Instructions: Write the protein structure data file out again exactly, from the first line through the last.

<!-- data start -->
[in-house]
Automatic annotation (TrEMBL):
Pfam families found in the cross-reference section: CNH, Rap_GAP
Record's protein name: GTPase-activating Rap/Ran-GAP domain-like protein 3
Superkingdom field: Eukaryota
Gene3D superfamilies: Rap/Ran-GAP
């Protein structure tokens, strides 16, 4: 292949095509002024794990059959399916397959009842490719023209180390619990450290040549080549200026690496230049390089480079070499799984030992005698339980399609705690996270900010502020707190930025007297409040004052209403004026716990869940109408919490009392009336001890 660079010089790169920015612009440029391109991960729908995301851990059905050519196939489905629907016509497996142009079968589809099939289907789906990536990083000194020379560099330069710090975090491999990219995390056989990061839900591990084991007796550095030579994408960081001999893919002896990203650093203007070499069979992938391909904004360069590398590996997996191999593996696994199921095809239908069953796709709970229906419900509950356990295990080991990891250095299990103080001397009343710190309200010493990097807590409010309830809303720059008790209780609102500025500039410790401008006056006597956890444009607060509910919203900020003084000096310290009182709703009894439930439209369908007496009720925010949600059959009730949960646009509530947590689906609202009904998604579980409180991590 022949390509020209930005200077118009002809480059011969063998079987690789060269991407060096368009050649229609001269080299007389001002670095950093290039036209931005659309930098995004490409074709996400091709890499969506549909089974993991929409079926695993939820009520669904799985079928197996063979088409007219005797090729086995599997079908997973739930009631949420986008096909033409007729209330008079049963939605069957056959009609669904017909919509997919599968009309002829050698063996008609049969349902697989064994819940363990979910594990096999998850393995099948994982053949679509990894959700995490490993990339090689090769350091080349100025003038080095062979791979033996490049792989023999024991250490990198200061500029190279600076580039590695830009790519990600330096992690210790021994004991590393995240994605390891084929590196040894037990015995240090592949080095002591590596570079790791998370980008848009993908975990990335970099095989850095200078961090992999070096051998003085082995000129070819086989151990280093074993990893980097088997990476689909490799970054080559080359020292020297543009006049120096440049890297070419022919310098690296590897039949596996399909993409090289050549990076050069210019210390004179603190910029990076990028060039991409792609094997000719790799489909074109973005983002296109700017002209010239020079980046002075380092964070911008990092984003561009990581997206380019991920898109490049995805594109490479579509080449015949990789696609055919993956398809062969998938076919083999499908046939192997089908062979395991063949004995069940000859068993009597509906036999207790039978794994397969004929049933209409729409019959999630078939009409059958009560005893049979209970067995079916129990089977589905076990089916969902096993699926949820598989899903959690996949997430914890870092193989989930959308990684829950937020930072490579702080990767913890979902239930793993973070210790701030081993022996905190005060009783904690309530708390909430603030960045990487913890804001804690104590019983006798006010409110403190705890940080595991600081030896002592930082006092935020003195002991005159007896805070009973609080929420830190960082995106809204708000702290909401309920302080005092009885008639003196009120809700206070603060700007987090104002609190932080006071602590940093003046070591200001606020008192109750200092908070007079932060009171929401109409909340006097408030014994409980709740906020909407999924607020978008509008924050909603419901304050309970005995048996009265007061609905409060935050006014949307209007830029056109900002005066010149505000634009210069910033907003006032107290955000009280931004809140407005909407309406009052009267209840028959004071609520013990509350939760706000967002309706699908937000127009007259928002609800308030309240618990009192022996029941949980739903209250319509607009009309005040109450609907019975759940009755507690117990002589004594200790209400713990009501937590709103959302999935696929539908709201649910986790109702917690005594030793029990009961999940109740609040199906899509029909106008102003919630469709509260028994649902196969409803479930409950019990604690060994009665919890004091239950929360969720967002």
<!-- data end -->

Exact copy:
[in-house]
Automatic annotation (TrEMBL):
Pfam families found in the cross-reference section: CNH, Rap_GAP
Record's protein name: GTPase-activating Rap/Ran-GAP domain-like protein 3
Superkingdom field: Eukaryota
Gene3D superfamilies: Rap/Ran-GAP
């Protein structure tokens, strides 16, 4: 292949095509002024794990059959399916397959009842490719023209180390619990450290040549080549200026690496230049390089480079070499799984030992005698339980399609705690996270900010502020707190930025007297409040004052209403004026716990869940109408919490009392009336001890 660079010089790169920015612009440029391109991960729908995301851990059905050519196939489905629907016509497996142009079968589809099939289907789906990536990083000194020379560099330069710090975090491999990219995390056989990061839900591990084991007796550095030579994408960081001999893919002896990203650093203007070499069979992938391909904004360069590398590996997996191999593996696994199921095809239908069953796709709970229906419900509950356990295990080991990891250095299990103080001397009343710190309200010493990097807590409010309830809303720059008790209780609102500025500039410790401008006056006597956890444009607060509910919203900020003084000096310290009182709703009894439930439209369908007496009720925010949600059959009730949960646009509530947590689906609202009904998604579980409180991590 022949390509020209930005200077118009002809480059011969063998079987690789060269991407060096368009050649229609001269080299007389001002670095950093290039036209931005659309930098995004490409074709996400091709890499969506549909089974993991929409079926695993939820009520669904799985079928197996063979088409007219005797090729086995599997079908997973739930009631949420986008096909033409007729209330008079049963939605069957056959009609669904017909919509997919599968009309002829050698063996008609049969349902697989064994819940363990979910594990096999998850393995099948994982053949679509990894959700995490490993990339090689090769350091080349100025003038080095062979791979033996490049792989023999024991250490990198200061500029190279600076580039590695830009790519990600330096992690210790021994004991590393995240994605390891084929590196040894037990015995240090592949080095002591590596570079790791998370980008848009993908975990990335970099095989850095200078961090992999070096051998003085082995000129070819086989151990280093074993990893980097088997990476689909490799970054080559080359020292020297543009006049120096440049890297070419022919310098690296590897039949596996399909993409090289050549990076050069210019210390004179603190910029990076990028060039991409792609094997000719790799489909074109973005983002296109700017002209010239020079980046002075380092964070911008990092984003561009990581997206380019991920898109490049995805594109490479579509080449015949990789696609055919993956398809062969998938076919083999499908046939192997089908062979395991063949004995069940000859068993009597509906036999207790039978794994397969004929049933209409729409019959999630078939009409059958009560005893049979209970067995079916129990089977589905076990089916969902096993699926949820598989899903959690996949997430914890870092193989989930959308990684829950937020930072490579702080990767913890979902239930793993973070210790701030081993022996905190005060009783904690309530708390909430603030960045990487913890804001804690104590019983006798006010409110403190705890940080595991600081030896002592930082006092935020003195002991005159007896805070009973609080929420830190960082995106809204708000702290909401309920302080005092009885008639003196009120809700206070603060700007987090104002609190932080006071602590940093003046070591200001606020008192109750200092908070007079932060009171929401109409909340006097408030014994409980709740906020909407999924607020978008509008924050909603419901304050309970005995048996009265007061609905409060935050006014949307209007830029056109900002005066010149505000634009210069910033907003006032107290955000009280931004809140407005909407309406009052009267209840028959004071609520013990509350939760706000967002309706699908937000127009007259928002609800308030309240618990009192022996029941949980739903209250319509607009009309005040109450609907019975759940009755507690117990002589004594200790209400713990009501937590709103959302999935696929539908709201649910986790109702917690005594030793029990009961999940109740609040199906899509029909106008102003919630469709509260028994649902196969409803479930409950019990604690060994009665919890004091239950929360969720967002």